“We have been overwhelmed at the number of filmmakers who have granted us permission for these limited-time streaming screenings,” said Ben Reiser, who directs Wisconsin’s Own programming, outreach and community engagement. “It’s been just one small way to keep the Festival alive for this year and offer unique content to our audience while they are stuck at home, looking for art to consume and appreciate.”

In addition to the Wisconsin’s Own shorts, the Festival  is also making short films geared for children available from this year’s selections from the Big Screens, Little Folks category. Reiser continued, “We very happy to share quality artistic content with children who are at home during this period.”

Innovating in Times of Crisis

Ben Barson and Gizelxanath Rodriguez are the co-founders of the Afro Yaqui Music Collective, and performers who use music and experimental dance to connect political themes of resistance to art. They are also the current artists in residence for the Interdisciplinary Arts Residency Program sponsored by the Division of the Arts. Beginning in January, the pair has led of group of 15 students from a diverse array of majors through a course titled “Artivism: Intercultural Solidarity & Decolonizing Performance.” Working with additional collaborators, the visiting artists and students explored original composition, dance, visual art and spoken word poetry around themes of social justice, equality, global warming and our dependence on fossil fuels. Building on the students’ specific skill sets, the goal of the class was to create a new performance of a recent jazz opera to be held in the new Hamel Music Center.

We were already working with students to create colorful political imagery about how pipelines can cross borders but not people, and the intersection of power and economics in our society when the pandemic hit,” Barson recalled. “When this happened, a host of new possibilities opened up as we thought about translating the live performance into something that would live online. We realized we could make images and music the baseline of the piece. We could record choreography individually and then splice it together. We could collaborate with an animator who challenged and expanded our ideas about how to integrate animation and graphic design.”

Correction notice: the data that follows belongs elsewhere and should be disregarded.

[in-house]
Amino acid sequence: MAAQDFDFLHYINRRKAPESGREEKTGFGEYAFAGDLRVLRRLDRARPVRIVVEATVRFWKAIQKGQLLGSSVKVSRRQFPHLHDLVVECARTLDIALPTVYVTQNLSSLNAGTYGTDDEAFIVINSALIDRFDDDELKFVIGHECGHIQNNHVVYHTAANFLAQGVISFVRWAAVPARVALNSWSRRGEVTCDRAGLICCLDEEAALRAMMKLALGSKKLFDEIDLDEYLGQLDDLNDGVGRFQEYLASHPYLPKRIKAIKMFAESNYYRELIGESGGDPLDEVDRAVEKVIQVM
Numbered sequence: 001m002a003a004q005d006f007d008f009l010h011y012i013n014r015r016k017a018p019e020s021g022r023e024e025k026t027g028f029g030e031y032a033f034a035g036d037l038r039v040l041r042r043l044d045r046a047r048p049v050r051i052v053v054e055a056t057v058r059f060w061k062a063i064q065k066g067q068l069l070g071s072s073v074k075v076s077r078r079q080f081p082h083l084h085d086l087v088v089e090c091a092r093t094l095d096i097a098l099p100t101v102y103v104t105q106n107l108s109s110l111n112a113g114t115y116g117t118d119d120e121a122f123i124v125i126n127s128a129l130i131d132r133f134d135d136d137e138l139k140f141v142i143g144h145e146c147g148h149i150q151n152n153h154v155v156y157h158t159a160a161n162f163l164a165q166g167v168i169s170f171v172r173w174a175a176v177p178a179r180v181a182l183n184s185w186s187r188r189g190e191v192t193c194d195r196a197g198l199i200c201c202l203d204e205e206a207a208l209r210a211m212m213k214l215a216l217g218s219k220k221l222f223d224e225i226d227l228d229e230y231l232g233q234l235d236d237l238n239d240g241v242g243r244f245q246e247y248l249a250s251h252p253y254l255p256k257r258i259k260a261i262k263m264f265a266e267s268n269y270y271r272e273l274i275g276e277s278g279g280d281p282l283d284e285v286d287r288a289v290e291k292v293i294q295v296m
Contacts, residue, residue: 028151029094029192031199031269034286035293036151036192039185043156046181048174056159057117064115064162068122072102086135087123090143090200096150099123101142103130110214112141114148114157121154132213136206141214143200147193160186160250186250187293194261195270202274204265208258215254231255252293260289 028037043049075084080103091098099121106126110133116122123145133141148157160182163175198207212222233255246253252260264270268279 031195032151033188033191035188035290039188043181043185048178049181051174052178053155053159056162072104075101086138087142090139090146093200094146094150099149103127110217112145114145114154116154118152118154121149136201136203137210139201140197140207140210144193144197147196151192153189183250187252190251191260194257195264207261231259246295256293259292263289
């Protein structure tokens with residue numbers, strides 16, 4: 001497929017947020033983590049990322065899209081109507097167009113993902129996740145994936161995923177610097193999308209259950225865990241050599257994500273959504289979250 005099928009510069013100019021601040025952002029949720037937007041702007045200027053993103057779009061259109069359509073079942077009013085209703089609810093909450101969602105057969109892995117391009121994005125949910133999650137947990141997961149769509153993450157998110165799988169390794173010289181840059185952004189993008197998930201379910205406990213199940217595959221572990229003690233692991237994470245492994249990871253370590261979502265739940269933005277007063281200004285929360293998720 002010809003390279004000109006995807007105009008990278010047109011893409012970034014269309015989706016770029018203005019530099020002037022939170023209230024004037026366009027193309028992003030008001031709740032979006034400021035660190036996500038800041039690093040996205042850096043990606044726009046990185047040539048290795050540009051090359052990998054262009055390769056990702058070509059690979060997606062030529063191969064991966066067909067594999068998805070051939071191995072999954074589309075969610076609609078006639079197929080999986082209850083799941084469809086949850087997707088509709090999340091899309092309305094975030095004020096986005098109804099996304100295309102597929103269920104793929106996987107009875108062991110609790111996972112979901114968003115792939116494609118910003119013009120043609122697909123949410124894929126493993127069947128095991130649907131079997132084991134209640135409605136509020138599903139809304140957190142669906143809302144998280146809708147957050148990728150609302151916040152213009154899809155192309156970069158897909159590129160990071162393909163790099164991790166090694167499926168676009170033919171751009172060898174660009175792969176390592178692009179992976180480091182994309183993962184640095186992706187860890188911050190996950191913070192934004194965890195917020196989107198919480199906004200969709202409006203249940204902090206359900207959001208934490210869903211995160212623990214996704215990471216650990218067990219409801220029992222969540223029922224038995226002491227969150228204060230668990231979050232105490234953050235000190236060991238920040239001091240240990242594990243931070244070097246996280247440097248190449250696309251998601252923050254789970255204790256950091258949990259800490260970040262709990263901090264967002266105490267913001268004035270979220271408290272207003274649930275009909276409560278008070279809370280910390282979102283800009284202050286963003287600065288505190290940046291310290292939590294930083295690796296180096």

Continuing to Produce Art After the Threat is Over

In the absence of traditional performances for the forseeable future, musical theater productions from Andrew Lloyd Weber, classical plays at London’s Globe Theatre, and shows on Broadway are now available to stream on home computers. Acclaimed actor Patrick Stewart is reading one Shakespeare sonnet each day for the public’s enjoyment, while symphonies and choirs create ensemble performances from recordings of individuals, playing or singing their parts alone in their homes.

But arts institutions that depend on ticket sales from performances and exhibits that have been cancelled are struggling to remain top of mind for audiences and potential funders. While offering free and discounted arts experiences online is a good stop-gap measure now, it will be difficult to recover from the financial losses these organizations are experiencing.

UW–Madison Department of Theatre and Drama Professor David Furumoto commented, “During this moment of crisis for the whole world, as people are finding themselves having to hunker down in their homes as well as keeping distance from others, people are keeping themselves ‘entertained’ by watching movies, TV series, and exploring the online offerings by museums, theater companies, orchestras, dance companies, and opera companies. These are all products of artists working in their fields of expertise.”

He continued, “Too often the arts are taken for granted. Perhaps this is a time for us to realize that it is through the arts that we can experience our humanity, the good as well as the bad, and to know that no matter the immensity being faced, artists will be there, in whatever medium they express themselves in, to make us laugh, weep, and perhaps most important, make us think about what it is to be human.”